Ken Gonzales-Day is a Los Angeles based artist whose interdisciplinary practice considers the historical construction of race and the limits of representational systems ranging from lynching photographs to museum displays.Artist Bio
Profiled is an ongoing project that considers the institutionalization of racial and ethnographic categories in the seventeenth and eighteenth centuries, and their influence on sculptural depictions of the human form in the Americas, Europe and Asia. Working with Edward Calacion, the principal at the Young Oak Kim Academy, a public middle school in central Los Angeles, Ken Gonzales-Day produced a series of workshops/lectures in which students faculty and staff explored the history of racial formation. The artist also photographed the students. The results were displayed in the school’s library at the end of the 2011-2012 academic year as part of the school’s open house to the community. The intention was to expose students to the fine arts while raising awareness of the scientific and historical debates about race and racial formation. Students who submitted an essay on their own self-image received a photographic print.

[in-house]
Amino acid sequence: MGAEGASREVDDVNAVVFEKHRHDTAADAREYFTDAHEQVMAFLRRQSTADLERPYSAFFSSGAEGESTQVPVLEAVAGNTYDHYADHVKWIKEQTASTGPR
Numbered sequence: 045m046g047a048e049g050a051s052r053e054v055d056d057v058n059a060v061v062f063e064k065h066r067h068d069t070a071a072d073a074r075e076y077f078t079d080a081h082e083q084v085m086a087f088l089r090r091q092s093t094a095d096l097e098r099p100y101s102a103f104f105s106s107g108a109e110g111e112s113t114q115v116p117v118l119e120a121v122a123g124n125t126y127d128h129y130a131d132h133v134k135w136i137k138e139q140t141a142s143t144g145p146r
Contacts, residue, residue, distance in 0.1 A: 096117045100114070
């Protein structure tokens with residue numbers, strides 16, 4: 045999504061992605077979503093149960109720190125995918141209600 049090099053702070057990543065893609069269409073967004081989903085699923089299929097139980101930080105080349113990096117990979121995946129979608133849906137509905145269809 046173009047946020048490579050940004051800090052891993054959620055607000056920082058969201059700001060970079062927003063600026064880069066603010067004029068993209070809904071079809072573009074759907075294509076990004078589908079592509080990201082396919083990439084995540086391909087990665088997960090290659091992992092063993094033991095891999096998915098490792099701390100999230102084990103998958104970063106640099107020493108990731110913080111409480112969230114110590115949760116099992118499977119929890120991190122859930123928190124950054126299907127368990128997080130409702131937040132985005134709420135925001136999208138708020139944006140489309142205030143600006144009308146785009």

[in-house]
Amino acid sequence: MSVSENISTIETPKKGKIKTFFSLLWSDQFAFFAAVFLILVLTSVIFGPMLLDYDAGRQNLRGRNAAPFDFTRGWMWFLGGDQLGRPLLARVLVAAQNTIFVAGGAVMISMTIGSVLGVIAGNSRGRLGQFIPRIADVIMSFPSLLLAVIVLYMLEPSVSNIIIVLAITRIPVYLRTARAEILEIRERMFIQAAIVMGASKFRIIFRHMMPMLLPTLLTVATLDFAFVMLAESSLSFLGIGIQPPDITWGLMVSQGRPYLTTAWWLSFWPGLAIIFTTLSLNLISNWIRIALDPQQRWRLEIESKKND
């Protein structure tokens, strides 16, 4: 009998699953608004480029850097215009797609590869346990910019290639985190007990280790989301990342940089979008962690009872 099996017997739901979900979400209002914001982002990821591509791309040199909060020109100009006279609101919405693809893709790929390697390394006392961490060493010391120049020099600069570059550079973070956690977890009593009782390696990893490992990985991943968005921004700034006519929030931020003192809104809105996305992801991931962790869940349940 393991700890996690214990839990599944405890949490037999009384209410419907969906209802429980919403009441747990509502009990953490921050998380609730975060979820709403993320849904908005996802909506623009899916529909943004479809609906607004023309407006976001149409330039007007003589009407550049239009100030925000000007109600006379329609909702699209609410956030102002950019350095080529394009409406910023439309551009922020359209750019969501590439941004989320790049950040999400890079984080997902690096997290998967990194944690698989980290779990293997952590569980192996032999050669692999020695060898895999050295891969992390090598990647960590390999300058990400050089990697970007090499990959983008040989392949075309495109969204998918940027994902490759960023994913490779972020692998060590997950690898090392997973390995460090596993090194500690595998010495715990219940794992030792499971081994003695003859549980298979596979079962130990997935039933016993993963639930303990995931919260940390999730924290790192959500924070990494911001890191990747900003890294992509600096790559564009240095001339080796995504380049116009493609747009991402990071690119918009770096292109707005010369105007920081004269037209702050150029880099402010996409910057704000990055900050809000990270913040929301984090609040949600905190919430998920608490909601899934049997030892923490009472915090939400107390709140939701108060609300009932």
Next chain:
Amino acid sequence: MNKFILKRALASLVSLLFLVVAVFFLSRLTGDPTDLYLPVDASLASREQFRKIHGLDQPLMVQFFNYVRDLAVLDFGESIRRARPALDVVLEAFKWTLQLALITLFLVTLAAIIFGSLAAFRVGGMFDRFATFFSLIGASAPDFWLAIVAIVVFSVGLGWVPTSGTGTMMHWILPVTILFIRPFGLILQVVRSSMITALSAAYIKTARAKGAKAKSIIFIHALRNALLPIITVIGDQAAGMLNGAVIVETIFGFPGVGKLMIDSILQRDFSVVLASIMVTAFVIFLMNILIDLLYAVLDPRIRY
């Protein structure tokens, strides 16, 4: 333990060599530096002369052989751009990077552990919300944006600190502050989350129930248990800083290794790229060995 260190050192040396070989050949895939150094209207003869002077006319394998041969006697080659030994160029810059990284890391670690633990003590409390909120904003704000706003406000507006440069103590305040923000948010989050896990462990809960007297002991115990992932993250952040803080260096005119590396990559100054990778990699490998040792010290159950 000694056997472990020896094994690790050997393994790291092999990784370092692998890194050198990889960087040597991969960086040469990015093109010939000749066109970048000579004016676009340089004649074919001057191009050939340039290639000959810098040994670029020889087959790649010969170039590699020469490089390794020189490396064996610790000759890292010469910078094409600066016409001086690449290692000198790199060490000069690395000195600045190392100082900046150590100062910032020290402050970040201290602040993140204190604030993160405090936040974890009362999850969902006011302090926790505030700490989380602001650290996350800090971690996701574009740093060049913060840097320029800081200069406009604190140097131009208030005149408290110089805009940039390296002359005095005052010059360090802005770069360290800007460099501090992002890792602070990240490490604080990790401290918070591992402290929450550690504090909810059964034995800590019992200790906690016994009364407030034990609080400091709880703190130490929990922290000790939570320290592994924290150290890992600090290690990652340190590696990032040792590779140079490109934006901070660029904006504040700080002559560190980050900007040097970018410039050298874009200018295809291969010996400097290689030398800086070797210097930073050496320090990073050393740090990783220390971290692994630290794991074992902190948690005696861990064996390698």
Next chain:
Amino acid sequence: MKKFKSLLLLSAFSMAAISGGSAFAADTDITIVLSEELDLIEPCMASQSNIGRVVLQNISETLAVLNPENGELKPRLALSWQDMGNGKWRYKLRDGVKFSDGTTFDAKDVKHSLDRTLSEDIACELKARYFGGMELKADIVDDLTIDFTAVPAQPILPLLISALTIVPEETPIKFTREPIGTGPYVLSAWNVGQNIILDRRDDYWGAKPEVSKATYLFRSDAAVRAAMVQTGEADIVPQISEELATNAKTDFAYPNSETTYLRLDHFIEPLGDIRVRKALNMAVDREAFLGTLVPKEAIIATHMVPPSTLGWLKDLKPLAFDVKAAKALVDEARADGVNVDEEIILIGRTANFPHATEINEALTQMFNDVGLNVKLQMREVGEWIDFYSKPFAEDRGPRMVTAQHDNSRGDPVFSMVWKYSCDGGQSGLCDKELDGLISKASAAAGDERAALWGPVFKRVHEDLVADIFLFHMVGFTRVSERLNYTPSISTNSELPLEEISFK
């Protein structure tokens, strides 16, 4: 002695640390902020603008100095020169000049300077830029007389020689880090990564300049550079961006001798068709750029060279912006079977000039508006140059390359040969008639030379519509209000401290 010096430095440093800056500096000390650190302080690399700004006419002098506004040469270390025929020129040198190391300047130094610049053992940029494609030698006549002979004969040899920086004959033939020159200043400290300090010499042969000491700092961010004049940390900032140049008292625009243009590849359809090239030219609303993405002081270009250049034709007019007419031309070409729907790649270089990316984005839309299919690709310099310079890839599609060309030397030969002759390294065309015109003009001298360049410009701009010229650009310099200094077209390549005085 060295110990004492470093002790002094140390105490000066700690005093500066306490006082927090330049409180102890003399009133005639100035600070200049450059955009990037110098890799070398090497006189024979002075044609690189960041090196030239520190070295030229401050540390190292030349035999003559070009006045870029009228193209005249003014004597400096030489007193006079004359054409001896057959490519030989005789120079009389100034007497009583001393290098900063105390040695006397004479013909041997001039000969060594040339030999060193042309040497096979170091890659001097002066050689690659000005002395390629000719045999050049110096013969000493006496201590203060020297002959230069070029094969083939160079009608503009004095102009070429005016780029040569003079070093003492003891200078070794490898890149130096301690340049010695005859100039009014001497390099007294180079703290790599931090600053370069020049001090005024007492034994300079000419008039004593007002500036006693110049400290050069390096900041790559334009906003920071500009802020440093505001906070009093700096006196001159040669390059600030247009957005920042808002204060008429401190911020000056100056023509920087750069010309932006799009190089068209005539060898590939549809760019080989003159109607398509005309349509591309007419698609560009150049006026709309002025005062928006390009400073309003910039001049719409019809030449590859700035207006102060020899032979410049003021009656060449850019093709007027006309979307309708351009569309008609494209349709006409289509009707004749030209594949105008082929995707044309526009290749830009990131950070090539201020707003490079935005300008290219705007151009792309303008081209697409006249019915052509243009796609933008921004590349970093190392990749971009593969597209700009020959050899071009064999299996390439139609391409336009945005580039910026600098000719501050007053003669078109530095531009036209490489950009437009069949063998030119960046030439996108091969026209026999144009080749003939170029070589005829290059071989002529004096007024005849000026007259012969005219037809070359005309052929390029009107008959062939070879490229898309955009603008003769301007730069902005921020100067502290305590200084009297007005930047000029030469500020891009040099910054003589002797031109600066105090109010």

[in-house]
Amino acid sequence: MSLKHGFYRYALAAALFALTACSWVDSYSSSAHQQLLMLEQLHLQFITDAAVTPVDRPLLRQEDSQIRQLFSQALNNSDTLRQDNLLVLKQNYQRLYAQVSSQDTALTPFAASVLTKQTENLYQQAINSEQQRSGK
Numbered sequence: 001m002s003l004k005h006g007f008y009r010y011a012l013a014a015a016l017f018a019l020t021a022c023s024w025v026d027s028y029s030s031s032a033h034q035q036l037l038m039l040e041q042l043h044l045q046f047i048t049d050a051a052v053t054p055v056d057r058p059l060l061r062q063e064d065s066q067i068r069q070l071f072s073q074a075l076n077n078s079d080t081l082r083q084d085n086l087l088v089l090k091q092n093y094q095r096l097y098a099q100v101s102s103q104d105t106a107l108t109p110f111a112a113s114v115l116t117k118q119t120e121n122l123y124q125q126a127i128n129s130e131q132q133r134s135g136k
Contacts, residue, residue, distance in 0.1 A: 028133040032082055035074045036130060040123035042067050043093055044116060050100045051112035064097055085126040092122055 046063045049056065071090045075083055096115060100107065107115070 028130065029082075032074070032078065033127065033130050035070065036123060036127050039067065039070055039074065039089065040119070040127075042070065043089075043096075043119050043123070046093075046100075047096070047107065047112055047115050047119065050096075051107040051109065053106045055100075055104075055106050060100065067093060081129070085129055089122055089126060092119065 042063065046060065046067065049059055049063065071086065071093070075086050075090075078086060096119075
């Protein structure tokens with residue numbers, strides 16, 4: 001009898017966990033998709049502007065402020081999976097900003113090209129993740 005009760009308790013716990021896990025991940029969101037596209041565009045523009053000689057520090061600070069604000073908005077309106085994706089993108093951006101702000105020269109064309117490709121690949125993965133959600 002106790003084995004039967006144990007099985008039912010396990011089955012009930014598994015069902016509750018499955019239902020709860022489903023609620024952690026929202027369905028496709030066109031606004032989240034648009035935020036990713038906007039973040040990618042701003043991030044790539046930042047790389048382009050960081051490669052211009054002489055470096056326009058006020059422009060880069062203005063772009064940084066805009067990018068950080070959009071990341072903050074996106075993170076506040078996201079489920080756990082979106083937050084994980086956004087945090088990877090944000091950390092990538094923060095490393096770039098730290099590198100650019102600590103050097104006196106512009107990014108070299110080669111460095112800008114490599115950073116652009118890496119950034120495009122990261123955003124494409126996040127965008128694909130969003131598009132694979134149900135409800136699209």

Los Angeles, CA
Ken Gonzales-Day lives and works in Los Angeles. He received an MFA from University of California, Irvine and an MA in art history from Hunter College in New York City. He was a Van Leer Fellow at the Whitney Independent Study Program in studio art in New York. Fellowships include an artist residency at the Getty Research Institute from 2008-09, Senior Fellow at the Smithsonian Institution from 2003–04 and Fellow at the Rockefeller Foundation Study and Conference Center in Bellagio, Italy in 2002. Gonzales-Day’s first book, Lynching in the West: 1850-1935, was published by Duke University Press in 2006. His 2011 PAC Prize-winning book, Profiled, was published by the Los Angeles County Museum of Art.